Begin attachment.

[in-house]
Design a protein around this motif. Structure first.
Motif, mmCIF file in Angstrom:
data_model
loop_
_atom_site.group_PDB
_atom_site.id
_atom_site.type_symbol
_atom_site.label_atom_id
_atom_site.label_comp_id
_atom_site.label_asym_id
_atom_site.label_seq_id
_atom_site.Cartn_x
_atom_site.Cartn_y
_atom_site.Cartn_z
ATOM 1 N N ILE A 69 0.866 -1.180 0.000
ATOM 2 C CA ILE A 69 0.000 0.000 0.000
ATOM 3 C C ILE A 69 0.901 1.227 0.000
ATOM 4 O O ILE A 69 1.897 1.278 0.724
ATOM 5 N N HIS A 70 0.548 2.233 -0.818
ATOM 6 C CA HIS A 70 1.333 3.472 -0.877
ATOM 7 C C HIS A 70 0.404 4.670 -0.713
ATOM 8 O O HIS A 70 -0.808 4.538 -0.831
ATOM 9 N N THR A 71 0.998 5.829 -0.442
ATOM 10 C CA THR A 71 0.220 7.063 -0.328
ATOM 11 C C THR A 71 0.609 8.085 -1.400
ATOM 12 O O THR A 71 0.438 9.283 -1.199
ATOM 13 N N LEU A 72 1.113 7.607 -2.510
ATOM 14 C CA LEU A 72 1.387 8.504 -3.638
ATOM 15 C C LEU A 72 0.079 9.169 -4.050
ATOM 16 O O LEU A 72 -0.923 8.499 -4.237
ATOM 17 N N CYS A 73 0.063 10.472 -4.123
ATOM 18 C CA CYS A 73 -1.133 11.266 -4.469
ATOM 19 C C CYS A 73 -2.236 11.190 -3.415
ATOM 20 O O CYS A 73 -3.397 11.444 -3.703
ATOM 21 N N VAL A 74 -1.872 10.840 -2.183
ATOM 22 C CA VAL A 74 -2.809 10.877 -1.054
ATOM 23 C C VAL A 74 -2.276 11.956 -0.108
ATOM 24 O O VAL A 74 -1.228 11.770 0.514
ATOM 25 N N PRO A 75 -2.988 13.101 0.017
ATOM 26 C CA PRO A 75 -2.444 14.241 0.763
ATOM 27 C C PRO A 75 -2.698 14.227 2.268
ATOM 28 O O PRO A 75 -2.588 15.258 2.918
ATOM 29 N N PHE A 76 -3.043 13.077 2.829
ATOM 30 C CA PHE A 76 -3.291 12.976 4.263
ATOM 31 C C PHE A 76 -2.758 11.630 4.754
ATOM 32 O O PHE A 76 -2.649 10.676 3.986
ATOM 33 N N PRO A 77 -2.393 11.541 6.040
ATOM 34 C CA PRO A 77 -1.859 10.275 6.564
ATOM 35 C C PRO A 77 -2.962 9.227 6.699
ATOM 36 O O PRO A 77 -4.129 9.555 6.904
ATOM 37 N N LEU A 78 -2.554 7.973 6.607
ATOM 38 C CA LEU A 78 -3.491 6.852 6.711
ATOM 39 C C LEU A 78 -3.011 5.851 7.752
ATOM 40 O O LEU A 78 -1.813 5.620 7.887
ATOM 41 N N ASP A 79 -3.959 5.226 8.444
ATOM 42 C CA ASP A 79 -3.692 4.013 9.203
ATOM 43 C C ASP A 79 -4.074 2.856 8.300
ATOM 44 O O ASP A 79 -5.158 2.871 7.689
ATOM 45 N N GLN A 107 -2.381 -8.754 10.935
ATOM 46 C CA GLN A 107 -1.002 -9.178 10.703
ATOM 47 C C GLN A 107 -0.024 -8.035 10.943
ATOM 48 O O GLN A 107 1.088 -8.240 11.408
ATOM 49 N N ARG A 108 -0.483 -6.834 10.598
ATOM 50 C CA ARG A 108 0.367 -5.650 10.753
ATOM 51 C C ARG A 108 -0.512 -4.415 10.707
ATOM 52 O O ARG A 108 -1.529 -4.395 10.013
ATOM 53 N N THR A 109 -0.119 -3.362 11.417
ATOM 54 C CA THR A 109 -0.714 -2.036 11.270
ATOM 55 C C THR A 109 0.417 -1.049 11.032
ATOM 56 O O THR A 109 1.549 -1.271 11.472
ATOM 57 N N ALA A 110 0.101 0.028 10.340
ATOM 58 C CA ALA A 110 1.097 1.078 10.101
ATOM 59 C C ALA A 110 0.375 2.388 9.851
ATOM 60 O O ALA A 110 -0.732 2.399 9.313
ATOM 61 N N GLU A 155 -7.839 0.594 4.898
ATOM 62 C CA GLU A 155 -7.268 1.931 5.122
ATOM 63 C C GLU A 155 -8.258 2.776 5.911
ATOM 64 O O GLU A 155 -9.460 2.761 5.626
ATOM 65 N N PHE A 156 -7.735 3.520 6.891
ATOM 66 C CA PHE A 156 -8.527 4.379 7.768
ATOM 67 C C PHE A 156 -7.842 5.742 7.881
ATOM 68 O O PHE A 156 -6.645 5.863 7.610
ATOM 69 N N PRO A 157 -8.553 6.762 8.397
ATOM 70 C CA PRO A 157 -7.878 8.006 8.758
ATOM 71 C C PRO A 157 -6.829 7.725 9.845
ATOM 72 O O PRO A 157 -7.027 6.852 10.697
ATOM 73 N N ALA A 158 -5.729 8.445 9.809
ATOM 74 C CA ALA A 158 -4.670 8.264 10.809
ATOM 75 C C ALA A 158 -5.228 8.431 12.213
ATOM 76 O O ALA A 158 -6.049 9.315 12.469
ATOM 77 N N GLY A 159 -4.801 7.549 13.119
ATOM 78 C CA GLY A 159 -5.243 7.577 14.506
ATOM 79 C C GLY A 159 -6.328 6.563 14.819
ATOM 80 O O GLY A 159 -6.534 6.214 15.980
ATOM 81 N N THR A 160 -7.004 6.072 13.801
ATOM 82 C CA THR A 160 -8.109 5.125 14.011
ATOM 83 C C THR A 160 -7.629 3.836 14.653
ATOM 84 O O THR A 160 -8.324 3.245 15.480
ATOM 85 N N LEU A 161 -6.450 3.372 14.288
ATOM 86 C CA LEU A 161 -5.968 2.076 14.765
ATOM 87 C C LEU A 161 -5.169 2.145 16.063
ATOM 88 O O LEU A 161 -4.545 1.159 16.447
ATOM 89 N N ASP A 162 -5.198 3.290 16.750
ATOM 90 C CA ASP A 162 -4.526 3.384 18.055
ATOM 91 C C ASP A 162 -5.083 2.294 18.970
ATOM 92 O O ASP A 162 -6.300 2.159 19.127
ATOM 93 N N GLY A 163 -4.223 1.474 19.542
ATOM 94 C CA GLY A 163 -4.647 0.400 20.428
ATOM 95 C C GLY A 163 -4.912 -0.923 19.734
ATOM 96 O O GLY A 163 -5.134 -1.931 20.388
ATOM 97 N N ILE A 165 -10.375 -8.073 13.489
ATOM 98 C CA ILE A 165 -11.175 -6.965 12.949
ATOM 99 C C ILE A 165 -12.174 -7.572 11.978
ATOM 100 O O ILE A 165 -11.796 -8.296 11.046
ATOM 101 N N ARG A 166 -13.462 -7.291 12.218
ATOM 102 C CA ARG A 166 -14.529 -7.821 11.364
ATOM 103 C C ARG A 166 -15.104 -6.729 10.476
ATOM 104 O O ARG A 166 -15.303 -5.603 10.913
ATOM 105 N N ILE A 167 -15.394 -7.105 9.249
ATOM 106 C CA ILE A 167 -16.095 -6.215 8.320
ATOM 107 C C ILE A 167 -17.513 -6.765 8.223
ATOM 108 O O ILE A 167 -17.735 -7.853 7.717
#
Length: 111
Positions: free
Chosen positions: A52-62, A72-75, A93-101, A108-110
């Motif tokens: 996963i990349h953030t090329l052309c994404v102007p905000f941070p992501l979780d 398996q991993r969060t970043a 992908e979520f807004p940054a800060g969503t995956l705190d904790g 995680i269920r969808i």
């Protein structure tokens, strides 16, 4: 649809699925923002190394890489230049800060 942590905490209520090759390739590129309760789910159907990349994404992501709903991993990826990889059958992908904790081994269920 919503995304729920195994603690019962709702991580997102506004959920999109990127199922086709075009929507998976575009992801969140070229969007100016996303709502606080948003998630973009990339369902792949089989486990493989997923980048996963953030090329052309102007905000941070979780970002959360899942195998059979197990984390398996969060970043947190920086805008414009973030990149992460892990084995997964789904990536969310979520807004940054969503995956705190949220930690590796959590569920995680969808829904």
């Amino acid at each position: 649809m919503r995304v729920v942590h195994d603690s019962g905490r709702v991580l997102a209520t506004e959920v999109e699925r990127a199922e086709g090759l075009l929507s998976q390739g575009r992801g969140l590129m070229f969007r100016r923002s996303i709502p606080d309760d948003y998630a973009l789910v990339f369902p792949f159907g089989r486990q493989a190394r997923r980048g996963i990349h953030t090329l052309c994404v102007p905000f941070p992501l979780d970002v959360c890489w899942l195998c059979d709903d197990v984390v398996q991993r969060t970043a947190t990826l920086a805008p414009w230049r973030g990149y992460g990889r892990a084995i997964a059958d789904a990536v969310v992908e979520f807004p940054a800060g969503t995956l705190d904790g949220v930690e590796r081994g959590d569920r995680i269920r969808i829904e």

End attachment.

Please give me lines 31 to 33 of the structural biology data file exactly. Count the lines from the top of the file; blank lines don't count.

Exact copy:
ATOM 16 O O LEU A 72 -0.923 8.499 -4.237
ATOM 17 N N CYS A 73 0.063 10.472 -4.123
ATOM 18 C CA CYS A 73 -1.133 11.266 -4.469